This week a trans reader asks about her right to use the toilet of her choice rather than the one that corresponds with the gender on her birth certificate. Louise Neville, Associate Solicitor at QualitySolicitors Acklam Bond looks at the legal situation.
I’ve recently started at a new college in the UK – and the bathroom policy is that students must use the toilet that corresponds with their genitalia. I’m a trans woman. I’ve not told friends other students at my college about my transition, but I do get awkward looks when I use the female bathroom.
What rights do I have when it comes to using the bathroom that fits my gender identity? Do I have to disclose that my genitalia doesn’t correspond with the toilet I wish to use?
In the UK there is no legislation that states men must use male toilets and women the ladies toilets. However, providers of separate-sex services such as bathrooms and changing rooms do have the right to decide on what facilities transsexual people can use.
The government do emphasise to providers of separate-sex services that it’s very important to take the views of the transsexual person into account when making a decision on what facilities transsexual people can use – they also say that the decision must be ‘objectively justified’, which means it must be a fair and reasonable way of achieving a legitimate aim.
This case also relates to the Equality Act 2010, which protects people from being discriminated against because they are transsexual. In the Act it is called gender reassignment discrimination.
There are four types of gender reassignment discrimination: Direct, indirect, harassment and victimisation. The relevant type for your case would be indirect discrimination, which occurs when an organisation has a particular policy that puts transsexual people at a disadvantage.
To be protected from gender reassignment discrimination you do not need to have undergone any specific treatment to change to your preferred gender. So you can be at any stage in the transition process, ranging from proposing to reassign your gender all the way to having completed it. This could be where a problem arises for your particular situation. As you haven’t disclosed to your college that you are a trans woman you may not be protected from indirect discrimination.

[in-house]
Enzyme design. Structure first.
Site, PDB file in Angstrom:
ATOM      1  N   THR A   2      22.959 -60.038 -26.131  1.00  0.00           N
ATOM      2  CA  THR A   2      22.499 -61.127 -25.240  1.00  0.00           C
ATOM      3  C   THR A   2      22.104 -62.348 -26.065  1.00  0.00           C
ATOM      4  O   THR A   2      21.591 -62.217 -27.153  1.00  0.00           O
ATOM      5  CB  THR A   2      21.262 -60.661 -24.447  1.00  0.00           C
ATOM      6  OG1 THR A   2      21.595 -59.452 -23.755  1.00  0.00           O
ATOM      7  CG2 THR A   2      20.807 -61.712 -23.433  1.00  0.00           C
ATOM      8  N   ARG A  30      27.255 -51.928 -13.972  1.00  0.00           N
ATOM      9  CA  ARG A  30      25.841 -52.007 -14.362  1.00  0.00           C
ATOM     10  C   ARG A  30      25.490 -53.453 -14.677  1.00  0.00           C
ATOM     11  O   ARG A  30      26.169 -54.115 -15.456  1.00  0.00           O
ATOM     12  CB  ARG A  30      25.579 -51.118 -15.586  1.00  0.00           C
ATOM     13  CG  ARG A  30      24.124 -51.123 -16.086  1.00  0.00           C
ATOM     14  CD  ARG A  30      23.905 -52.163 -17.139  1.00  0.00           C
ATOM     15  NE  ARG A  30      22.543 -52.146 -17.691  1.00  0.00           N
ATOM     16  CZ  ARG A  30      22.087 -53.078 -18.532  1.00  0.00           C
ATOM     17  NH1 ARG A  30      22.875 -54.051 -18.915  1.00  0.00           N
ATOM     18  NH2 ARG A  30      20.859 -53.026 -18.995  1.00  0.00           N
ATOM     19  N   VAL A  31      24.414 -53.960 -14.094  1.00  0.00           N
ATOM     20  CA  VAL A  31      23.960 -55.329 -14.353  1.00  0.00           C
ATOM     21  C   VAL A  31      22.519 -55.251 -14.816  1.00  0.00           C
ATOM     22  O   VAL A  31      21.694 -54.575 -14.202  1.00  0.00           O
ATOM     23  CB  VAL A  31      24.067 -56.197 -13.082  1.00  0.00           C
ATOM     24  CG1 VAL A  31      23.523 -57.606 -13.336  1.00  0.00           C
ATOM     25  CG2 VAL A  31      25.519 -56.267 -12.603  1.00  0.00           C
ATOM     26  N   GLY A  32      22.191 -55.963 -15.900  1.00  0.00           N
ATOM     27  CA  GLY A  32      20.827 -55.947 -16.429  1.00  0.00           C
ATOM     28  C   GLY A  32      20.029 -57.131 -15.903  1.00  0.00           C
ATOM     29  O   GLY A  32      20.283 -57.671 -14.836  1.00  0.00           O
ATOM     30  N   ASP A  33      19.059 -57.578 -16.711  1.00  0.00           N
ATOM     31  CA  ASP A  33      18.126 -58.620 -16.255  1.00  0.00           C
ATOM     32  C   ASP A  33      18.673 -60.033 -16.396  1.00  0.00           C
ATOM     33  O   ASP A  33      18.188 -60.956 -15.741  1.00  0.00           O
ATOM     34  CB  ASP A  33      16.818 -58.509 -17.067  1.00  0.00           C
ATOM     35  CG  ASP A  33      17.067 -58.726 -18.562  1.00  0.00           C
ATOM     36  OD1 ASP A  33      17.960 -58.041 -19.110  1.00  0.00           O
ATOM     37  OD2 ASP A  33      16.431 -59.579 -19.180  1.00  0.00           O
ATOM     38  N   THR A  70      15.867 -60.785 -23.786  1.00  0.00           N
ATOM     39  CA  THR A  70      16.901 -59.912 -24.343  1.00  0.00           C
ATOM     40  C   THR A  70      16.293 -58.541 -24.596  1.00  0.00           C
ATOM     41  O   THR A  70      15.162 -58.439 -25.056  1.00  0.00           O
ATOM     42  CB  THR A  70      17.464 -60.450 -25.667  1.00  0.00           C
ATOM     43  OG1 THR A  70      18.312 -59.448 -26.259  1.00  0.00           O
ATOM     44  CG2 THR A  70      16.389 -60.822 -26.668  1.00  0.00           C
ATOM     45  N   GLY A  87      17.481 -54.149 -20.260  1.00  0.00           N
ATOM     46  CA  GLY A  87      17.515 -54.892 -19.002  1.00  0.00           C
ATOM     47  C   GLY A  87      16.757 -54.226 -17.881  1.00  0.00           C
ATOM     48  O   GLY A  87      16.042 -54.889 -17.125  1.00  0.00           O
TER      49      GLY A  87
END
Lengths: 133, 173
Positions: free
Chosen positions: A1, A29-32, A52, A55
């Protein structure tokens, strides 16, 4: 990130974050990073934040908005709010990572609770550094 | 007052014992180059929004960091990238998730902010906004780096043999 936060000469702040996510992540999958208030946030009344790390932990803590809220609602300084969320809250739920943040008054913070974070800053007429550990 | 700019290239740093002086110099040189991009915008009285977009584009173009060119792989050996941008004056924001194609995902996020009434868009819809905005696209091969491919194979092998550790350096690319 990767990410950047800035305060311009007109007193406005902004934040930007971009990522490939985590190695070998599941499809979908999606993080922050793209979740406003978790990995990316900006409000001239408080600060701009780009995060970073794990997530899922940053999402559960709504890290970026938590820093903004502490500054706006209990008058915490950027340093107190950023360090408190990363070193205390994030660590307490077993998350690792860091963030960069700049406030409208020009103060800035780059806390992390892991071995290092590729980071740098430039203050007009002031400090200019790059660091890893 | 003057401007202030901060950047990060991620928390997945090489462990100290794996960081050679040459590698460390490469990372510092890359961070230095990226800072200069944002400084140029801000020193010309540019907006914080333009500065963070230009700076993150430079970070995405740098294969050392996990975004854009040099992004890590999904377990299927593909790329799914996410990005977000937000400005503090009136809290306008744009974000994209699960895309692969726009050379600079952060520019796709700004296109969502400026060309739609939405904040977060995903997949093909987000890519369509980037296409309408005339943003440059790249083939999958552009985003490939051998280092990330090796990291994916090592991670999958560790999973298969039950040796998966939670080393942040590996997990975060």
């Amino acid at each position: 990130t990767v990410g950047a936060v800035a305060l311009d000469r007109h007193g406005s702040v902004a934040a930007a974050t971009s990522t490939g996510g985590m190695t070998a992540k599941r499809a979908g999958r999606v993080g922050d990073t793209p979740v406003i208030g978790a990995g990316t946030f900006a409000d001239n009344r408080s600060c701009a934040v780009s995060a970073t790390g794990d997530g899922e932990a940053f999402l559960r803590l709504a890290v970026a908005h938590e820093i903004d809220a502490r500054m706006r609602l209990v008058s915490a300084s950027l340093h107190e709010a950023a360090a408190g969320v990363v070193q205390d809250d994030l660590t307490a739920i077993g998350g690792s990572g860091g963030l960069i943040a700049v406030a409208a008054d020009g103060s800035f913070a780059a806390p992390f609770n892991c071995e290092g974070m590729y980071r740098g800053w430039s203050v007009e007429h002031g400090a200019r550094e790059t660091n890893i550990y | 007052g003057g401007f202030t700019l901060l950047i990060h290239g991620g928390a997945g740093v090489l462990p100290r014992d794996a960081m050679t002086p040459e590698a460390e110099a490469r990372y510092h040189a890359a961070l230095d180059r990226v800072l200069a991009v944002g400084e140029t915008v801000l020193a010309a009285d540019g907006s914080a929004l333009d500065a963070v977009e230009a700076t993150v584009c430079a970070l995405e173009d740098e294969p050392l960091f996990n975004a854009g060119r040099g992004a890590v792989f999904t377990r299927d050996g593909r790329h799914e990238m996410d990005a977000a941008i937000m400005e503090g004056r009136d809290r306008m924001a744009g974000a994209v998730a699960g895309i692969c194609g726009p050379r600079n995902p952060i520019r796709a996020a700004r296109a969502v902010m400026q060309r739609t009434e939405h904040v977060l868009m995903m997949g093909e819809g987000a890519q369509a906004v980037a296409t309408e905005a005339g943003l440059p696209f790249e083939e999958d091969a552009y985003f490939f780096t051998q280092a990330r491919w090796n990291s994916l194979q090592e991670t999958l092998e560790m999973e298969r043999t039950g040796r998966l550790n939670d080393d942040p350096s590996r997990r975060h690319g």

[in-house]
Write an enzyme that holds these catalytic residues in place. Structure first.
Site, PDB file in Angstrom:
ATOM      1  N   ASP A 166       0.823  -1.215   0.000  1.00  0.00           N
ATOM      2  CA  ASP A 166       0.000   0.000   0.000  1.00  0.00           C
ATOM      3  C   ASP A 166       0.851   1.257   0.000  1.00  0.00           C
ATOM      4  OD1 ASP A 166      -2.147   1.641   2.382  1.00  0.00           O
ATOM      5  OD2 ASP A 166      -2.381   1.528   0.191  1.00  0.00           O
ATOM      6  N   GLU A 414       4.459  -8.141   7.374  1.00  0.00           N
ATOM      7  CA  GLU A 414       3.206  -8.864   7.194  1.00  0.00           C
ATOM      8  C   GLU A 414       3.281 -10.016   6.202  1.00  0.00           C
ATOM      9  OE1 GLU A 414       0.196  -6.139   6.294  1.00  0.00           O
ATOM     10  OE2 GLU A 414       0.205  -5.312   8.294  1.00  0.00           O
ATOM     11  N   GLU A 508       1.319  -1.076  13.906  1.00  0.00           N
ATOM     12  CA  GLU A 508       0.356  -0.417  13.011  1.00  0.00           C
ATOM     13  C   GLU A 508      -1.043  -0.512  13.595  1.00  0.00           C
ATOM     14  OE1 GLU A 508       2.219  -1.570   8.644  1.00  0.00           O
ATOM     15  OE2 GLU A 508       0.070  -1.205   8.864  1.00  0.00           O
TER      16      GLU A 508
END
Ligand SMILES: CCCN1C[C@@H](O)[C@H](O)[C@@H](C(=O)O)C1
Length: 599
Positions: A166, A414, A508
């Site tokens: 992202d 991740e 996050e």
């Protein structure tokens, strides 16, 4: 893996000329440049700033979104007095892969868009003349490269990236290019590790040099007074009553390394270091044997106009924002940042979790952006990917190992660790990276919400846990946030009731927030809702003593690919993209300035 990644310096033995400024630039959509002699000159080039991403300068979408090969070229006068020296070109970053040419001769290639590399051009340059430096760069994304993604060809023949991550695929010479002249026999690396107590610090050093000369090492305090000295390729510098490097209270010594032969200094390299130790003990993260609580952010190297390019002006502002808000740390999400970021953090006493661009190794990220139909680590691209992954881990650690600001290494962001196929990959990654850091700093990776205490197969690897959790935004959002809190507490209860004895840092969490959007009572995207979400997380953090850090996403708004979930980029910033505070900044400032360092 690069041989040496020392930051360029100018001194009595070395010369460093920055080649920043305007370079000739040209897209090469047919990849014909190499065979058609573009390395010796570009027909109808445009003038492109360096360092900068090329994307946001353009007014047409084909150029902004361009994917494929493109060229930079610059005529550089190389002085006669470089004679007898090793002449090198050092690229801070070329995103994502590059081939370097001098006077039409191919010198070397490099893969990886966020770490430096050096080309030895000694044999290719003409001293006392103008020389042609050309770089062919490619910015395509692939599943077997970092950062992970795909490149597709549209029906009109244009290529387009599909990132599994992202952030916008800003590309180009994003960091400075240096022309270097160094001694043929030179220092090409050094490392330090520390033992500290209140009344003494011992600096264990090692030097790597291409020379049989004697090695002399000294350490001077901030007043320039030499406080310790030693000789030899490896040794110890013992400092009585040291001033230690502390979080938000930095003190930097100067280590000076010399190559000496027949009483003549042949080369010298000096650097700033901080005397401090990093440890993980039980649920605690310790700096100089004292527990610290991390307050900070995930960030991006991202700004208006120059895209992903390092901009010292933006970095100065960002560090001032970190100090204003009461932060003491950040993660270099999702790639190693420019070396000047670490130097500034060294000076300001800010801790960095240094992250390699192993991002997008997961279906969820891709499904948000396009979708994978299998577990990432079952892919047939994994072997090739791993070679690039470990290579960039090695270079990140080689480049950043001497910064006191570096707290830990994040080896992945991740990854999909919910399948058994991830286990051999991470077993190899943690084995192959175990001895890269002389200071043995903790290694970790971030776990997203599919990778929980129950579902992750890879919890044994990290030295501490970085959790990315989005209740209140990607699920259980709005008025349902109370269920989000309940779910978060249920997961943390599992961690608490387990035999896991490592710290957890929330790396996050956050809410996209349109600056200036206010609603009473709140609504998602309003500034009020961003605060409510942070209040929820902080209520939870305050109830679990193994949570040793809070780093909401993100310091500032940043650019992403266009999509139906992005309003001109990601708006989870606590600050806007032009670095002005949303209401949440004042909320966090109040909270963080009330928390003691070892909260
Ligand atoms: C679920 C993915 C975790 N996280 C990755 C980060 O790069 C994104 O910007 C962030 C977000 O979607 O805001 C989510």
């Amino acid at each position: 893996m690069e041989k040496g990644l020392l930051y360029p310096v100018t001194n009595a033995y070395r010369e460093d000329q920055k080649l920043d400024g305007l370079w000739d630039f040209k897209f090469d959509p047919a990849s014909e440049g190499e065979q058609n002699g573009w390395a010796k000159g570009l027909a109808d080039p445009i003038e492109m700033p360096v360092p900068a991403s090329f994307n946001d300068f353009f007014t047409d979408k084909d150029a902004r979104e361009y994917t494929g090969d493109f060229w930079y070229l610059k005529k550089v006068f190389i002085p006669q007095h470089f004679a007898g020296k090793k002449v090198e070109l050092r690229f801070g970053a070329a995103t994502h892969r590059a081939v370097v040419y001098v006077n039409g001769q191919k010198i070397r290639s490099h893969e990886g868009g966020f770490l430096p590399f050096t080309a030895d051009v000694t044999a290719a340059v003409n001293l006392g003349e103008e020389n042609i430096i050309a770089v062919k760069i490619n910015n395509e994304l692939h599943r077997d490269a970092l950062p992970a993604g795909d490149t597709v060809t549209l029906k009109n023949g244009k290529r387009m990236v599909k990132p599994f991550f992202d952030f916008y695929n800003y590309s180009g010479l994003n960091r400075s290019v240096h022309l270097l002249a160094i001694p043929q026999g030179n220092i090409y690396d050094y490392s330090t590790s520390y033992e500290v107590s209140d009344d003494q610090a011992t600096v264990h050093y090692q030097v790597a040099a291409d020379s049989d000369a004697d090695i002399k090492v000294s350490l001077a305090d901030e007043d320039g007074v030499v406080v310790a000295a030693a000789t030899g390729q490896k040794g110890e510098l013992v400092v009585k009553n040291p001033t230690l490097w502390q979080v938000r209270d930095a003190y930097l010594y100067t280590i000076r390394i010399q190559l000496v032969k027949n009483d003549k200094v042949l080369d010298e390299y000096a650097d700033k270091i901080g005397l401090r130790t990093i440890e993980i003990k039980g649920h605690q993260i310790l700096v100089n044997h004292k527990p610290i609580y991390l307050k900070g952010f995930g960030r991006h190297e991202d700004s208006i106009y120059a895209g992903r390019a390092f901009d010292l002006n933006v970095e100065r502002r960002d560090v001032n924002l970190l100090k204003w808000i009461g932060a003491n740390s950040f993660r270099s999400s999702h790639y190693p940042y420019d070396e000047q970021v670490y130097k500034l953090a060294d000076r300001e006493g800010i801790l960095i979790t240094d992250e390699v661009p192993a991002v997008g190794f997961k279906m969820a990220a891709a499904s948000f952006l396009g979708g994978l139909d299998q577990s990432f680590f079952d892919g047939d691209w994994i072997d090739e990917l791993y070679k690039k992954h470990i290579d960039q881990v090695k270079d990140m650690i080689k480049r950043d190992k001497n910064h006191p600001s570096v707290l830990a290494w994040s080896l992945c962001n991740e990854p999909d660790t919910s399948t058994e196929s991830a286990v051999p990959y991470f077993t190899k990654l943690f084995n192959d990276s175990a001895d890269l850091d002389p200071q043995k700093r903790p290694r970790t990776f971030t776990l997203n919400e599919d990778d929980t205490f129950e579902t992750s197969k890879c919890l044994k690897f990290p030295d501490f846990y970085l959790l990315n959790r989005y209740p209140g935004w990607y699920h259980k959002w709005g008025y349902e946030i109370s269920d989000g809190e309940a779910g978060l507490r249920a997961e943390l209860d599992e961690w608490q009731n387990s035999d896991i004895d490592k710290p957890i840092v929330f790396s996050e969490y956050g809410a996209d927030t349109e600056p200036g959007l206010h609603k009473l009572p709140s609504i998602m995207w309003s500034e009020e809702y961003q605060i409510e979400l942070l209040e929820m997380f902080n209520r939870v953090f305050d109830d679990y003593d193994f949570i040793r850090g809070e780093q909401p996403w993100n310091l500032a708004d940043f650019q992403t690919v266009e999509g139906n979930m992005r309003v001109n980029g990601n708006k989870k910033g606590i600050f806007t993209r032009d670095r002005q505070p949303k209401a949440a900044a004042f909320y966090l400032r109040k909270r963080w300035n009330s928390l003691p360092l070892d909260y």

With all the above in mind, I would suggest speaking to a relevant person at your college that you would feel comfortable talking to, for example a lecturer. They may be able to help raise your concerns with the college administration who hopefully would look into either changing the policy or simply give you peace of mind that you can use the toilet which corresponds with your gender identity.
“If you find speaking with the college does not provide you with any assistance then you may want to consider making a formal complaint to the college regarding your treatment. Ultimately, if you feel that the problem persists and you consider yourself to discriminated against then you have the option of pursuing a claim through the county court on the grounds of discrimination. Please note that any claim must be issued at the court within six months less one day of the incident taking place. Hopefully however this will not be necessary.”
by Louise Neville, Associate Solicitor at QualitySolicitors Acklam Bond
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This response is not intended to constitute legal or other professional advice, and should not be relied on or treated as a substitute for specific advice relevant to particular circumstances. Individuals should always seek legal advice from a professional which is specific to their unique set of circumstances.
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